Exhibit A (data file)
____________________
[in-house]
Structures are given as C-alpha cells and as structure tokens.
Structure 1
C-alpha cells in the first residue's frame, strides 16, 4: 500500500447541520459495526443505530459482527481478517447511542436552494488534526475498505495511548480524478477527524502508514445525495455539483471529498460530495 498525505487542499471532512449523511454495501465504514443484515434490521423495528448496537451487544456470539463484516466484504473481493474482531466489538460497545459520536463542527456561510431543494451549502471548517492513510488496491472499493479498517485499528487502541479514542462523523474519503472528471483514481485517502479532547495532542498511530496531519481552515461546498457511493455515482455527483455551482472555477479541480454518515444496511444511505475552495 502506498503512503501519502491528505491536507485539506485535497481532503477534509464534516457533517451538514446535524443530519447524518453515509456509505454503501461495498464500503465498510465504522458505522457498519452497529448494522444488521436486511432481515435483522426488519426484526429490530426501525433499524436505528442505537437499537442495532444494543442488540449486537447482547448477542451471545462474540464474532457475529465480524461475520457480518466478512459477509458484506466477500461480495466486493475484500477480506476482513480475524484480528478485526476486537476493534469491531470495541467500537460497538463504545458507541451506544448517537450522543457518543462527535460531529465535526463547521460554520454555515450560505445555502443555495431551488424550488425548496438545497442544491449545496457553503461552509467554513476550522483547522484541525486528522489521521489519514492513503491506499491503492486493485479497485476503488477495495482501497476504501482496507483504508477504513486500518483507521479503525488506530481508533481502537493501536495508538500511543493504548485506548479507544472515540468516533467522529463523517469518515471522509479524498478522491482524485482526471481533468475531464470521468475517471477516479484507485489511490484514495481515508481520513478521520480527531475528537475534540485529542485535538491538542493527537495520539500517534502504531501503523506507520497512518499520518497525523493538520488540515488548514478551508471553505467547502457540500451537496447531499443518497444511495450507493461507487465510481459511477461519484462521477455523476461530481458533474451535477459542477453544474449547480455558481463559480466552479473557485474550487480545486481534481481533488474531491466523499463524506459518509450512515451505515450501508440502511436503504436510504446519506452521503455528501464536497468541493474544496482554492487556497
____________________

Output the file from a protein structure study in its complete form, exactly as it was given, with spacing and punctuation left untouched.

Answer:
[in-house]
Structures are given as C-alpha cells and as structure tokens.
Structure 1
C-alpha cells in the first residue's frame, strides 16, 4: 500500500447541520459495526443505530459482527481478517447511542436552494488534526475498505495511548480524478477527524502508514445525495455539483471529498460530495 498525505487542499471532512449523511454495501465504514443484515434490521423495528448496537451487544456470539463484516466484504473481493474482531466489538460497545459520536463542527456561510431543494451549502471548517492513510488496491472499493479498517485499528487502541479514542462523523474519503472528471483514481485517502479532547495532542498511530496531519481552515461546498457511493455515482455527483455551482472555477479541480454518515444496511444511505475552495 502506498503512503501519502491528505491536507485539506485535497481532503477534509464534516457533517451538514446535524443530519447524518453515509456509505454503501461495498464500503465498510465504522458505522457498519452497529448494522444488521436486511432481515435483522426488519426484526429490530426501525433499524436505528442505537437499537442495532444494543442488540449486537447482547448477542451471545462474540464474532457475529465480524461475520457480518466478512459477509458484506466477500461480495466486493475484500477480506476482513480475524484480528478485526476486537476493534469491531470495541467500537460497538463504545458507541451506544448517537450522543457518543462527535460531529465535526463547521460554520454555515450560505445555502443555495431551488424550488425548496438545497442544491449545496457553503461552509467554513476550522483547522484541525486528522489521521489519514492513503491506499491503492486493485479497485476503488477495495482501497476504501482496507483504508477504513486500518483507521479503525488506530481508533481502537493501536495508538500511543493504548485506548479507544472515540468516533467522529463523517469518515471522509479524498478522491482524485482526471481533468475531464470521468475517471477516479484507485489511490484514495481515508481520513478521520480527531475528537475534540485529542485535538491538542493527537495520539500517534502504531501503523506507520497512518499520518497525523493538520488540515488548514478551508471553505467547502457540500451537496447531499443518497444511495450507493461507487465510481459511477461519484462521477455523476461530481458533474451535477459542477453544474449547480455558481463559480466552479473557485474550487480545486481534481481533488474531491466523499463524506459518509450512515451505515450501508440502511436503504436510504446519506452521503455528501464536497468541493474544496482554492487556497